The remaining papers also borrow from classroom research by focusing on the importance of supporting teachers’ learning toward carefully defined goals. For example, Tekkumru-Kisa and Stein stated, “when used by skilled facilitators, they [goals] can become the ‘north star’ by which to steer participants’ contributions toward a deeper understanding” (p. 8). Similarly, Borko and colleagues emphasize the role of goals in helping teacher leaders to recognize how much explicit attention they needed to devote to the planning of video-based discussions. The authors also emphasized that videos should be selected with a clear goal in mind. In addition, this group drew on Grossman and colleagues’ (2009) framework for the teaching of complex professional practice to pre-service teachers to guide their thinking about the design and facilitation of experiences for the professional development facilitators. Finally, both Tekkumru-Kisa and Stein, and Borko and colleagues adapted a tool based on classroom practice (Five Practices for Orchestrating Productive Discussions— Smith & Stein, 2011) for their professional development work with teachers.
Figure 1 also makes transparent the complexity of taking effective PD programs to scale. Often discussions about “going to scale” are framed by numbers, as in the number of teachers that will be “touched” and the number of personnel that are needed to be trained so that they, in turn, can train others (e.g., the train-the-trainers approach). Such discussions are often silent with respect to the substance of what must be learned at different layers of the system. Cast within a teaching and learning approach, Fig. 1 shows the complexity of the content to be learned, the amount of which rapidly increases as you move up the layers. For example, in the top layer, researchers/designers support facilitators to learn the substance in layer 1 (what effective math and science teaching and learning looks like in the classroom) and in layer 2 (how to work with teachers-as-learners to improve what they do in the classroom). This represents a steep learning curve for most researchers/designers as well as the facilitators. All of this suggests the importance of keeping a learning perspective on issues related to scale because it requires us to think carefully and conceptually about the requirements—many of which may be hidden from view—of rapidly expanding an effective PD program.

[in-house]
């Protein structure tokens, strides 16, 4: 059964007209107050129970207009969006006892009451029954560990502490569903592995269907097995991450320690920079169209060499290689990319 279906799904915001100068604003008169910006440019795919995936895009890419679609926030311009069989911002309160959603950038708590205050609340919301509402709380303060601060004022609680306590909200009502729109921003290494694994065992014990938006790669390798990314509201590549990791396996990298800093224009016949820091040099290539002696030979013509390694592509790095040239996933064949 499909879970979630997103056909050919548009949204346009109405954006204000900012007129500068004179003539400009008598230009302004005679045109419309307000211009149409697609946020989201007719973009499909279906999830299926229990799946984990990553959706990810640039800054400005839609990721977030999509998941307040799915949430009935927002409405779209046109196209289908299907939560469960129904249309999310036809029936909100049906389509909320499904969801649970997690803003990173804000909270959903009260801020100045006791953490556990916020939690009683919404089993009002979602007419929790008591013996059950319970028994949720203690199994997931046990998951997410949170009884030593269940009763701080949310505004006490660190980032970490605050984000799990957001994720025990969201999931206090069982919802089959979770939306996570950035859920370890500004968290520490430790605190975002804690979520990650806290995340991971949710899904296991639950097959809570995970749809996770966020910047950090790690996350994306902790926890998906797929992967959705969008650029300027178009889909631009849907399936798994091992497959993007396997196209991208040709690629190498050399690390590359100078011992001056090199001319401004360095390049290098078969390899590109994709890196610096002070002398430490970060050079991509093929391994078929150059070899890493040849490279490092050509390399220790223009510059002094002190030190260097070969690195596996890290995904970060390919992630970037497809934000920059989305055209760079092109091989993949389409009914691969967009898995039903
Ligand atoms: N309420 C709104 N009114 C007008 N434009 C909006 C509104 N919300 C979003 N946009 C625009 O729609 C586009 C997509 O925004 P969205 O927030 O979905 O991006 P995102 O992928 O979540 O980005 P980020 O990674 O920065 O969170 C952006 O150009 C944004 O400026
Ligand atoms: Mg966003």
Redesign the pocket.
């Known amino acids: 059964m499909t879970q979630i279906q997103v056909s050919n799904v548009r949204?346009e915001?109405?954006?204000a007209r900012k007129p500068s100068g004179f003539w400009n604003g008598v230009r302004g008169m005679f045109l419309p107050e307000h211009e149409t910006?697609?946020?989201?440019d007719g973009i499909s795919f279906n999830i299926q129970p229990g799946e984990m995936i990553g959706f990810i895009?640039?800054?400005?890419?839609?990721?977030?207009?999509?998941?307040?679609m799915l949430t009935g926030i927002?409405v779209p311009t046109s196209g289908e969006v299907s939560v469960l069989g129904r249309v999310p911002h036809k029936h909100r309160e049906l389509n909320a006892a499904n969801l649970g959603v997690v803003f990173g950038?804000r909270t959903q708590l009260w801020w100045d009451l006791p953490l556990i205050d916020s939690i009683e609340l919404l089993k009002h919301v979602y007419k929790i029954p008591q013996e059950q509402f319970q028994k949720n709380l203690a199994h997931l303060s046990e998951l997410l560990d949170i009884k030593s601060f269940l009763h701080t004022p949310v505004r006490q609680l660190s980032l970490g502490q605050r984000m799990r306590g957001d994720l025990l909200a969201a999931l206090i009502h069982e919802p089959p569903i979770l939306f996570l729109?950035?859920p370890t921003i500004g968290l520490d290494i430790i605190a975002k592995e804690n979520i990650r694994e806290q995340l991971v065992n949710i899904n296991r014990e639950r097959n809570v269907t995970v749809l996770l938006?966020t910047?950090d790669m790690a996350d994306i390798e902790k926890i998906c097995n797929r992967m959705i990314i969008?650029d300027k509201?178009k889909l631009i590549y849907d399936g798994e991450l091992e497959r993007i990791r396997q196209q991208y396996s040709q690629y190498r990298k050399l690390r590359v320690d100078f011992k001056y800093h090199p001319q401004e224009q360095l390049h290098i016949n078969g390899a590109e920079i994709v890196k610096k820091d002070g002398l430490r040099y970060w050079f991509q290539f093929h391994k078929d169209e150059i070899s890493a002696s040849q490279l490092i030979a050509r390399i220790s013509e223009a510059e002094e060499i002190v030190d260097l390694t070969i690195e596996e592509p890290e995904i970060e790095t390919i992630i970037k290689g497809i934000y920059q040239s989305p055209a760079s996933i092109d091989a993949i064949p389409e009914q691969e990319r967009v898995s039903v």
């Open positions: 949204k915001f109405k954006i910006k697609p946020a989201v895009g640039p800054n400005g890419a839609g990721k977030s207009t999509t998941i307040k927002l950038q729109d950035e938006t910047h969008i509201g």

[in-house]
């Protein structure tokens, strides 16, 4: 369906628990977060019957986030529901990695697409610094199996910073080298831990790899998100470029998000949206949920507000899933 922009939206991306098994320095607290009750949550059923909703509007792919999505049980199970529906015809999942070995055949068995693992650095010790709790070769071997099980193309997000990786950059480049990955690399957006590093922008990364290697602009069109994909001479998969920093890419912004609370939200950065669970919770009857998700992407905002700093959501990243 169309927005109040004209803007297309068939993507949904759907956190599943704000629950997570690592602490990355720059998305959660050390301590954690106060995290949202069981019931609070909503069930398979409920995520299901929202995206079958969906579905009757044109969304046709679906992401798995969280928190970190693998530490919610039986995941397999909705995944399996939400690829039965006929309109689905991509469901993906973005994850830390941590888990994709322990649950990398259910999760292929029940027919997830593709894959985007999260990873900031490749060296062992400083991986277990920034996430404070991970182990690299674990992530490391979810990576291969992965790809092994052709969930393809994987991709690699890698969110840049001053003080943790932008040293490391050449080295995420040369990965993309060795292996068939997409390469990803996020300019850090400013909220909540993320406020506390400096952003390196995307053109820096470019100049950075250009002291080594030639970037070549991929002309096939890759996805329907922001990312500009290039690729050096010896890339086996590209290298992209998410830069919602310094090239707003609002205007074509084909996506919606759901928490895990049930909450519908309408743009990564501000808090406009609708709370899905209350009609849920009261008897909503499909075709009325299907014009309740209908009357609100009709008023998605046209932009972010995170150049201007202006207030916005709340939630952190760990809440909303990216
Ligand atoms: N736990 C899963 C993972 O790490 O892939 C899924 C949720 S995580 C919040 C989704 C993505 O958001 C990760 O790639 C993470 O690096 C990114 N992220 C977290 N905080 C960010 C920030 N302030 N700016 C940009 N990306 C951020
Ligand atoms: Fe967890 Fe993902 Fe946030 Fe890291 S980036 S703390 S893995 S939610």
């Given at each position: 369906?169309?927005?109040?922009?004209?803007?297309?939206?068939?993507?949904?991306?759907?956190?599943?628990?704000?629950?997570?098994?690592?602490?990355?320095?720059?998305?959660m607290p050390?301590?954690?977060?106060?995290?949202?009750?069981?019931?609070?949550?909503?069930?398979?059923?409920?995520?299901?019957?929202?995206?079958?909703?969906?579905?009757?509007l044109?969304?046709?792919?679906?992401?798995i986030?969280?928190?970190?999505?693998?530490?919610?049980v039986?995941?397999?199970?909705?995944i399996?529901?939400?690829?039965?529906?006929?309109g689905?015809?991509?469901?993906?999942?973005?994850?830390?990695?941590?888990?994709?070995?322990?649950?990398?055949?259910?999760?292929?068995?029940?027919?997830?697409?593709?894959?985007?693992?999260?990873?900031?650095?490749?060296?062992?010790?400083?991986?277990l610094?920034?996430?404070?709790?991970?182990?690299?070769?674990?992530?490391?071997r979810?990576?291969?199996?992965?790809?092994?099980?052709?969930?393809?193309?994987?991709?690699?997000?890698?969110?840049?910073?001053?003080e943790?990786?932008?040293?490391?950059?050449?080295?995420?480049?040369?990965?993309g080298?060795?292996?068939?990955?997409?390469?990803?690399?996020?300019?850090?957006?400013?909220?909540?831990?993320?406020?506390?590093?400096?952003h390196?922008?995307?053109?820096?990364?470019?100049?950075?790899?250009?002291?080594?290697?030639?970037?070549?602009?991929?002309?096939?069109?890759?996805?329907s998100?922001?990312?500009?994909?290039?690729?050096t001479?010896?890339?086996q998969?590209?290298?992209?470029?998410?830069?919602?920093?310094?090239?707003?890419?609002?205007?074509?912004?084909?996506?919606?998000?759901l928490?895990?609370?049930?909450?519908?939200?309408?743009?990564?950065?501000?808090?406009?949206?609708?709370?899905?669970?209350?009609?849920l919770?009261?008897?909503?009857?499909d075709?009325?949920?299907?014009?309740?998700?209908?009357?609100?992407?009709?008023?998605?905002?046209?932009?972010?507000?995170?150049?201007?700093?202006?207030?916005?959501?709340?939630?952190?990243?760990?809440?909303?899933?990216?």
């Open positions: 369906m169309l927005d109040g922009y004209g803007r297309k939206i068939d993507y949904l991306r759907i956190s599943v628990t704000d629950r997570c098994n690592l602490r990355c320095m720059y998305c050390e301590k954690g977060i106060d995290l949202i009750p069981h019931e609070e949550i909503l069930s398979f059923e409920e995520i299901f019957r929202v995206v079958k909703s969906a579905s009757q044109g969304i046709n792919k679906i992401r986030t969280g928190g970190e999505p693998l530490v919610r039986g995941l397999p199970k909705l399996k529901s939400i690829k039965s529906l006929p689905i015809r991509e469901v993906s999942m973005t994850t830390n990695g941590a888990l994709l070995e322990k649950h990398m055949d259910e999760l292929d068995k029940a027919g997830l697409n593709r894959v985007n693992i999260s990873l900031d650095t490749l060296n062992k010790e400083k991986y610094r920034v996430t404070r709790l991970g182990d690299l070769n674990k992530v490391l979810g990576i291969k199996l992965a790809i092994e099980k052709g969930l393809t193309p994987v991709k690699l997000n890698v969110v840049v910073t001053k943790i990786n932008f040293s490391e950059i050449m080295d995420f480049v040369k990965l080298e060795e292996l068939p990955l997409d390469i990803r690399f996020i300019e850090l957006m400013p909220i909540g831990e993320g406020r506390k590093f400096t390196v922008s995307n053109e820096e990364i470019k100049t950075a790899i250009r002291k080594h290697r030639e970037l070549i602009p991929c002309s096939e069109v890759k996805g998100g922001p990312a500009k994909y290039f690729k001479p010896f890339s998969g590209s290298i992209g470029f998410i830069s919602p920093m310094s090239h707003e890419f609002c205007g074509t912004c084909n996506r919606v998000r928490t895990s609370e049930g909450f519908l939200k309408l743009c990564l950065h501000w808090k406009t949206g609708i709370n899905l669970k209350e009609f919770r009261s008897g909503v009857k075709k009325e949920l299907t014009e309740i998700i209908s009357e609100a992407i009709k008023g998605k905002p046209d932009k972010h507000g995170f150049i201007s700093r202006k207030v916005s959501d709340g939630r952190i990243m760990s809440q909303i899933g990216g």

Conclusions and looking forward
Our intention in creating this special issue is to facilitate and deepen the field’s thinking about video-based PD in mathematics and science and about what it takes to bring effective video-based PD programs to scale. The papers in this issue illustrate an important requirement of scaling up: making the work of PD facilitators visible such that researchers/designers can begin to more explicitly articulate their roles, how they learn to enact those roles, and how researchers/designers can support their learning. Looking forward, we can expect increasing pressure on both the science education and mathematics education communities to expand effective PD programs to larger and larger numbers of teachers. This suggests the need for more phase 2 and phase 3 research studies, especially those that use video as a central teaching tool.
These demands on PD research overlap with methodological improvements in education research. For example, design-based implementation research “is an emerging form of design research that supports the productive adaption of programs as they go to scale” (Penuel & Fishman, 2012; p. 282). It aims to include both the design of interventions and the ongoing improvement of the implementation of these interventions. As the field is now challenged to devise strategies for taking effective video-based PD programs beyond pockets of success and excellence to a larger scale, the DBIR approach can offer guidance, as illustrated in the paper by Borko and colleagues.